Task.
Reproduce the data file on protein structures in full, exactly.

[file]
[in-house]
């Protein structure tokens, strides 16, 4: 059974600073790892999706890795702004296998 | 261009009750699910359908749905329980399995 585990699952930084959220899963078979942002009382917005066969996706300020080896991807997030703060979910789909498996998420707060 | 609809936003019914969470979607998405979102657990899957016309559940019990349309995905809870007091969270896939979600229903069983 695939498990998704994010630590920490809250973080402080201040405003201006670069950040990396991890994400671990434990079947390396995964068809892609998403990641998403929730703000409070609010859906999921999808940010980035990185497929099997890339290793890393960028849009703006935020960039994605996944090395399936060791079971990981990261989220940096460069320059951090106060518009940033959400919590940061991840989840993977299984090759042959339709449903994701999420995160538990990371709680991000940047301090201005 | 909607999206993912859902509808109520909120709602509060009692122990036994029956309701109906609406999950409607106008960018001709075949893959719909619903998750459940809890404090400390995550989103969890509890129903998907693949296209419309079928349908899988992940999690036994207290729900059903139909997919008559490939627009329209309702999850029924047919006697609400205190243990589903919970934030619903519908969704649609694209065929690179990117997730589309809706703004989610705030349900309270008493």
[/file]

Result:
[in-house]
């Protein structure tokens, strides 16, 4: 059974600073790892999706890795702004296998 | 261009009750699910359908749905329980399995 585990699952930084959220899963078979942002009382917005066969996706300020080896991807997030703060979910789909498996998420707060 | 609809936003019914969470979607998405979102657990899957016309559940019990349309995905809870007091969270896939979600229903069983 695939498990998704994010630590920490809250973080402080201040405003201006670069950040990396991890994400671990434990079947390396995964068809892609998403990641998403929730703000409070609010859906999921999808940010980035990185497929099997890339290793890393960028849009703006935020960039994605996944090395399936060791079971990981990261989220940096460069320059951090106060518009940033959400919590940061991840989840993977299984090759042959339709449903994701999420995160538990990371709680991000940047301090201005 | 909607999206993912859902509808109520909120709602509060009692122990036994029956309701109906609406999950409607106008960018001709075949893959719909619903998750459940809890404090400390995550989103969890509890129903998907693949296209419309079928349908899988992940999690036994207290729900059903139909997919008559490939627009329209309702999850029924047919006697609400205190243990589903919970934030619903519908969704649609694209065929690179990117997730589309809706703004989610705030349900309270008493």